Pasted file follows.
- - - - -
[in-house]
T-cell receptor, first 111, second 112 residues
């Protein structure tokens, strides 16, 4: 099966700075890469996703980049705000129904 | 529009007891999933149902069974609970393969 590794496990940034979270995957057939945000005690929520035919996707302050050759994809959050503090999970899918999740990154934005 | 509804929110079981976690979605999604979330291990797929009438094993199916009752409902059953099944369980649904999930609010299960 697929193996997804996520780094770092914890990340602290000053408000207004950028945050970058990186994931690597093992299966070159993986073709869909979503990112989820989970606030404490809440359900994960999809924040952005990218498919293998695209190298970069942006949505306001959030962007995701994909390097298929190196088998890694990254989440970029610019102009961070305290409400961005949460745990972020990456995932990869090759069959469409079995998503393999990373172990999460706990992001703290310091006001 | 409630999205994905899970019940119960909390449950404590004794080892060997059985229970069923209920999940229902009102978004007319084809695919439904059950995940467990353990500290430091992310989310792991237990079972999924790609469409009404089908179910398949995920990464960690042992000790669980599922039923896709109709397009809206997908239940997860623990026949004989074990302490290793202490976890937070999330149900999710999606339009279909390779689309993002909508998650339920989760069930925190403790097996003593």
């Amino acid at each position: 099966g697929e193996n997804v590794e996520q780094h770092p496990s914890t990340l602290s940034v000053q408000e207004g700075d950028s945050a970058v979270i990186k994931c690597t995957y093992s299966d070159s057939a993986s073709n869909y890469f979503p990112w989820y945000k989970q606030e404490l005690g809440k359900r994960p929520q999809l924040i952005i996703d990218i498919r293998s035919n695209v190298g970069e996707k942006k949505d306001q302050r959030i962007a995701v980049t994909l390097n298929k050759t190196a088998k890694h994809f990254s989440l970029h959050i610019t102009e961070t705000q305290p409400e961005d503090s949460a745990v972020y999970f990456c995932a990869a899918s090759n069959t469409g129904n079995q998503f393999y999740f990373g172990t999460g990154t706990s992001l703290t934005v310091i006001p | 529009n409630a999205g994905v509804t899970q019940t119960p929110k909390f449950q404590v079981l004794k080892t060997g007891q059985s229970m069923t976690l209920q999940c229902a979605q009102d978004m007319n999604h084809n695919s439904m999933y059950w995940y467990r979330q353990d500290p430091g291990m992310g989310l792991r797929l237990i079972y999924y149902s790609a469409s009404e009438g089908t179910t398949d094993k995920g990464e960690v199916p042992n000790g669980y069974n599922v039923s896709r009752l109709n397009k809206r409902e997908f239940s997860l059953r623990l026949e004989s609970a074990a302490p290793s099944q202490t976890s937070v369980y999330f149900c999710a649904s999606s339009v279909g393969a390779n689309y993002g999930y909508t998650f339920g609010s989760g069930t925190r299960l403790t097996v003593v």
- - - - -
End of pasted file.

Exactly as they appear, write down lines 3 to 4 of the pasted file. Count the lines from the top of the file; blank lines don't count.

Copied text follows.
């Protein structure tokens, strides 16, 4: 099966700075890469996703980049705000129904 | 529009007891999933149902069974609970393969 590794496990940034979270995957057939945000005690929520035919996707302050050759994809959050503090999970899918999740990154934005 | 509804929110079981976690979605999604979330291990797929009438094993199916009752409902059953099944369980649904999930609010299960 697929193996997804996520780094770092914890990340602290000053408000207004950028945050970058990186994931690597093992299966070159993986073709869909979503990112989820989970606030404490809440359900994960999809924040952005990218498919293998695209190298970069942006949505306001959030962007995701994909390097298929190196088998890694990254989440970029610019102009961070305290409400961005949460745990972020990456995932990869090759069959469409079995998503393999990373172990999460706990992001703290310091006001 | 409630999205994905899970019940119960909390449950404590004794080892060997059985229970069923209920999940229902009102978004007319084809695919439904059950995940467990353990500290430091992310989310792991237990079972999924790609469409009404089908179910398949995920990464960690042992000790669980599922039923896709109709397009809206997908239940997860623990026949004989074990302490290793202490976890937070999330149900999710999606339009279909390779689309993002909508998650339920989760069930925190403790097996003593």
């Amino acid at each position: 099966g697929e193996n997804v590794e996520q780094h770092p496990s914890t990340l602290s940034v000053q408000e207004g700075d950028s945050a970058v979270i990186k994931c690597t995957y093992s299966d070159s057939a993986s073709n869909y890469f979503p990112w989820y945000k989970q606030e404490l005690g809440k359900r994960p929520q999809l924040i952005i996703d990218i498919r293998s035919n695209v190298g970069e996707k942006k949505d306001q302050r959030i962007a995701v980049t994909l390097n298929k050759t190196a088998k890694h994809f990254s989440l970029h959050i610019t102009e961070t705000q305290p409400e961005d503090s949460a745990v972020y999970f990456c995932a990869a899918s090759n069959t469409g129904n079995q998503f393999y999740f990373g172990t999460g990154t706990s992001l703290t934005v310091i006001p | 529009n409630a999205g994905v509804t899970q019940t119960p929110k909390f449950q404590v079981l004794k080892t060997g007891q059985s229970m069923t976690l209920q999940c229902a979605q009102d978004m007319n999604h084809n695919s439904m999933y059950w995940y467990r979330q353990d500290p430091g291990m992310g989310l792991r797929l237990i079972y999924y149902s790609a469409s009404e009438g089908t179910t398949d094993k995920g990464e960690v199916p042992n000790g669980y069974n599922v039923s896709r009752l109709n397009k809206r409902e997908f239940s997860l059953r623990l026949e004989s609970a074990a302490p290793s099944q202490t976890s937070v369980y999330f149900c999710a649904s999606s339009v279909g393969a390779n689309y993002g999930y909508t998650f339920g609010s989760g069930t925190r299960l403790t097996v003593v």